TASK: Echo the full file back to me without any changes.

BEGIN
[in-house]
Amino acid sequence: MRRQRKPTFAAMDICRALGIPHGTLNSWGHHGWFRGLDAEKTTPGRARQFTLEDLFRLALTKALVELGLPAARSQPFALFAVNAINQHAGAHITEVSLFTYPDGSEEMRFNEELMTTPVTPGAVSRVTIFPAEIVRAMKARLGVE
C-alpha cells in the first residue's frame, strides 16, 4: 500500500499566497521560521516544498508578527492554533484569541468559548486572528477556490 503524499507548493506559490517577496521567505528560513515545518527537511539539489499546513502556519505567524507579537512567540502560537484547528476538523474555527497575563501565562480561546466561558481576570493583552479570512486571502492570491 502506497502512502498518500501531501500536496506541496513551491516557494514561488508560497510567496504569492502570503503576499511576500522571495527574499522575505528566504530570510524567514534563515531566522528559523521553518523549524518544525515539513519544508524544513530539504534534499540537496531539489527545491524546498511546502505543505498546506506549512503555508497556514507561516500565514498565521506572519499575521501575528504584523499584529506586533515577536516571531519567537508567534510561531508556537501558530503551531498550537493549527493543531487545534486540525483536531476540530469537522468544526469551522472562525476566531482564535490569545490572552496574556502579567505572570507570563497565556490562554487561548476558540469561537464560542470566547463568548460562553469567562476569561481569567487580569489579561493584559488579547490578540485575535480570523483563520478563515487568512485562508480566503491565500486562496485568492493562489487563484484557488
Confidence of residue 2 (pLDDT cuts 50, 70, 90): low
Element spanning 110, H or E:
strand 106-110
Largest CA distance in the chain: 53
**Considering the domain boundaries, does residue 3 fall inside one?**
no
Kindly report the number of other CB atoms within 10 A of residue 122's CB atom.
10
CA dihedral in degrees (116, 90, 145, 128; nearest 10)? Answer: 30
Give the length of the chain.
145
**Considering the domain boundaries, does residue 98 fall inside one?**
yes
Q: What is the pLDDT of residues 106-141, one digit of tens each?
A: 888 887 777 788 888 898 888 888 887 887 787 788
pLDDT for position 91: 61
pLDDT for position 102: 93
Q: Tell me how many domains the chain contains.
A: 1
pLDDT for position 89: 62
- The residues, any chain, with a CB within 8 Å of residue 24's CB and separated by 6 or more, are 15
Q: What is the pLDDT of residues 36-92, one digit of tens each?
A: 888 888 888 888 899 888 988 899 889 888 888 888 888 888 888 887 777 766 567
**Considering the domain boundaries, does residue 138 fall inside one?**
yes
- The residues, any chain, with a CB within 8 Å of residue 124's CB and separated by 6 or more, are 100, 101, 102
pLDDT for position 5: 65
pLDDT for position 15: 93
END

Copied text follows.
[in-house]
Amino acid sequence: MRRQRKPTFAAMDICRALGIPHGTLNSWGHHGWFRGLDAEKTTPGRARQFTLEDLFRLALTKALVELGLPAARSQPFALFAVNAINQHAGAHITEVSLFTYPDGSEEMRFNEELMTTPVTPGAVSRVTIFPAEIVRAMKARLGVE
C-alpha cells in the first residue's frame, strides 16, 4: 500500500499566497521560521516544498508578527492554533484569541468559548486572528477556490 503524499507548493506559490517577496521567505528560513515545518527537511539539489499546513502556519505567524507579537512567540502560537484547528476538523474555527497575563501565562480561546466561558481576570493583552479570512486571502492570491 502506497502512502498518500501531501500536496506541496513551491516557494514561488508560497510567496504569492502570503503576499511576500522571495527574499522575505528566504530570510524567514534563515531566522528559523521553518523549524518544525515539513519544508524544513530539504534534499540537496531539489527545491524546498511546502505543505498546506506549512503555508497556514507561516500565514498565521506572519499575521501575528504584523499584529506586533515577536516571531519567537508567534510561531508556537501558530503551531498550537493549527493543531487545534486540525483536531476540530469537522468544526469551522472562525476566531482564535490569545490572552496574556502579567505572570507570563497565556490562554487561548476558540469561537464560542470566547463568548460562553469567562476569561481569567487580569489579561493584559488579547490578540485575535480570523483563520478563515487568512485562508480566503491565500486562496485568492493562489487563484484557488
Confidence of residue 2 (pLDDT cuts 50, 70, 90): low
Element spanning 110, H or E:
strand 106-110
Largest CA distance in the chain: 53
**Considering the domain boundaries, does residue 3 fall inside one?**
no
Kindly report the number of other CB atoms within 10 A of residue 122's CB atom.
10
CA dihedral in degrees (116, 90, 145, 128; nearest 10)? Answer: 30
Give the length of the chain.
145
**Considering the domain boundaries, does residue 98 fall inside one?**
yes
Q: What is the pLDDT of residues 106-141, one digit of tens each?
A: 888 887 777 788 888 898 888 888 887 887 787 788
pLDDT for position 91: 61
pLDDT for position 102: 93
Q: Tell me how many domains the chain contains.
A: 1
pLDDT for position 89: 62
- The residues, any chain, with a CB within 8 Å of residue 24's CB and separated by 6 or more, are 15
Q: What is the pLDDT of residues 36-92, one digit of tens each?
A: 888 888 888 888 899 888 988 899 889 888 888 888 888 888 888 887 777 766 567
**Considering the domain boundaries, does residue 138 fall inside one?**
yes
- The residues, any chain, with a CB within 8 Å of residue 124's CB and separated by 6 or more, are 100, 101, 102
pLDDT for position 5: 65
pLDDT for position 15: 93